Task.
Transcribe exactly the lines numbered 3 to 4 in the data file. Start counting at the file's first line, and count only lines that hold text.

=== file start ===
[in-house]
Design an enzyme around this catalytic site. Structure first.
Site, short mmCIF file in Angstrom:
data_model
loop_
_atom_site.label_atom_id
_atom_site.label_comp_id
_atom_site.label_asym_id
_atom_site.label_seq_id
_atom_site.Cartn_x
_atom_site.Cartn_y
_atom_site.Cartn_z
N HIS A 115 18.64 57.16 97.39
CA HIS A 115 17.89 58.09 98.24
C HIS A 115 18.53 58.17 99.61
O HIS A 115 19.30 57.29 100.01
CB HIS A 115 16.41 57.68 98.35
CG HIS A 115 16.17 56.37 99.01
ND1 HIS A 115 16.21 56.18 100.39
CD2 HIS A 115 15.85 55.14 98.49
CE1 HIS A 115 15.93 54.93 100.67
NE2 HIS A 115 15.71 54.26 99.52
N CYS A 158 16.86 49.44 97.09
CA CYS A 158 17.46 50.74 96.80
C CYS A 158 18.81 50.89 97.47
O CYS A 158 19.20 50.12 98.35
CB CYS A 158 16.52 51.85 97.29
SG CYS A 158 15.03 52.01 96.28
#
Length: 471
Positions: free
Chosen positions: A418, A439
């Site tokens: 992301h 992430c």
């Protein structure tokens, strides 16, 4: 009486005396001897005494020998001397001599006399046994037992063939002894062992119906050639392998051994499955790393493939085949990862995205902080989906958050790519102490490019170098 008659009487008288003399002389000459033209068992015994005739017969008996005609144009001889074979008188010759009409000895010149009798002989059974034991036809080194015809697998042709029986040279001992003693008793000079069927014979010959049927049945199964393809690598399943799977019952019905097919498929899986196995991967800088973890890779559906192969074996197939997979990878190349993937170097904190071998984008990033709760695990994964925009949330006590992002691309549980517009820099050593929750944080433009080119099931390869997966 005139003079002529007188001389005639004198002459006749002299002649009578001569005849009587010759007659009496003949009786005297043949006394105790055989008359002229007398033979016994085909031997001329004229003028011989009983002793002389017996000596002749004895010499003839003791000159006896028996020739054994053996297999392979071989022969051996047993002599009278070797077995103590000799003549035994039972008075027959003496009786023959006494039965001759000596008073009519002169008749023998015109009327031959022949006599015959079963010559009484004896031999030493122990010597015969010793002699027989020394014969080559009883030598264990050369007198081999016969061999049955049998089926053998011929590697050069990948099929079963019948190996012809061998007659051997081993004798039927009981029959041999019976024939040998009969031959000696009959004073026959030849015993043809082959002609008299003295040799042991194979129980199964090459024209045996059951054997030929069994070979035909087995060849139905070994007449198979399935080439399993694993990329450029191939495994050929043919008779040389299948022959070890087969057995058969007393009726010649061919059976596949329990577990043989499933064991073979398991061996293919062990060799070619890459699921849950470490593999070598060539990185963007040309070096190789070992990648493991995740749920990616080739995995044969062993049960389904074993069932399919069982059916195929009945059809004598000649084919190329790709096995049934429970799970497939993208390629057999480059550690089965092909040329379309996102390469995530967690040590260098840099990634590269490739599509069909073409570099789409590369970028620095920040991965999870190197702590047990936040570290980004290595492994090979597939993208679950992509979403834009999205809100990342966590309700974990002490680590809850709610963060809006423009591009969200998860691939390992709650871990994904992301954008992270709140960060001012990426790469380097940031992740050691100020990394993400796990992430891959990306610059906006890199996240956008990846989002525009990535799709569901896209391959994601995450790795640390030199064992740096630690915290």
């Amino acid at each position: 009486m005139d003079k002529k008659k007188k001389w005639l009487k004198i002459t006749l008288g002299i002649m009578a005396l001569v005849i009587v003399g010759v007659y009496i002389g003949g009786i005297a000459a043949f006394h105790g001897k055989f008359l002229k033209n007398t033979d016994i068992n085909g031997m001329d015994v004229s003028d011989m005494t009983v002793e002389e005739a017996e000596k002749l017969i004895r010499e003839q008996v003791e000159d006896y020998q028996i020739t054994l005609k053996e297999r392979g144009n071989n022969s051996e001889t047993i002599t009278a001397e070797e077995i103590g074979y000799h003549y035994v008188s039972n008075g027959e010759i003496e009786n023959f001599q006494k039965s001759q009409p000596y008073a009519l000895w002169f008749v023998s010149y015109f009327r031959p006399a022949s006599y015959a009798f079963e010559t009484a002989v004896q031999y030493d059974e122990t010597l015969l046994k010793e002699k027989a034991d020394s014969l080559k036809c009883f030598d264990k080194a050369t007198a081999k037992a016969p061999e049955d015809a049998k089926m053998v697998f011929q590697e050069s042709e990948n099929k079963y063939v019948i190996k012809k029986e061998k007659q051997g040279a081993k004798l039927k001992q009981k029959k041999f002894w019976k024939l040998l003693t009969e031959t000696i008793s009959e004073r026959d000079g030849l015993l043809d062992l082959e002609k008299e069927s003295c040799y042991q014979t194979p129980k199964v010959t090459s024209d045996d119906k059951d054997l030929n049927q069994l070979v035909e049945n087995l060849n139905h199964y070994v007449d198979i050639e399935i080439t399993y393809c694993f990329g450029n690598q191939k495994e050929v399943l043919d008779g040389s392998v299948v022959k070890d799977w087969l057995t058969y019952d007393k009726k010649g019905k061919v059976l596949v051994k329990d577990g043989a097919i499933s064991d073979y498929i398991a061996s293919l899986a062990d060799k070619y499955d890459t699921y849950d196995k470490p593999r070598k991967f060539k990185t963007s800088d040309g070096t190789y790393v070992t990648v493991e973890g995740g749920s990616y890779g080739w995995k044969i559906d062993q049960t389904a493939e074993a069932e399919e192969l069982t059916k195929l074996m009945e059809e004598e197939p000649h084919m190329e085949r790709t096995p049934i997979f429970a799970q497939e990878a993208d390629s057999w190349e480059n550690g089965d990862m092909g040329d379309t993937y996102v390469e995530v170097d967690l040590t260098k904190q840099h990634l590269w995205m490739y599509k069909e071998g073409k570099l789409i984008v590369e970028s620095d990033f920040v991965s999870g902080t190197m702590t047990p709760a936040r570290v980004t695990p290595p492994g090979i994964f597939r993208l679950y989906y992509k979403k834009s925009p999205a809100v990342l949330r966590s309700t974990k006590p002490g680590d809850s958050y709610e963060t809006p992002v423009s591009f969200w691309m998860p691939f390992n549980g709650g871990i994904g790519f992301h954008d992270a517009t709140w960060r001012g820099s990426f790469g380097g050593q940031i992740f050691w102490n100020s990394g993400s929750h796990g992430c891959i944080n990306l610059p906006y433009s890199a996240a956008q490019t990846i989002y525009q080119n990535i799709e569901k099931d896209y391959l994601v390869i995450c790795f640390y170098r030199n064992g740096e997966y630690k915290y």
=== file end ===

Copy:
Site, short mmCIF file in Angstrom:
data_model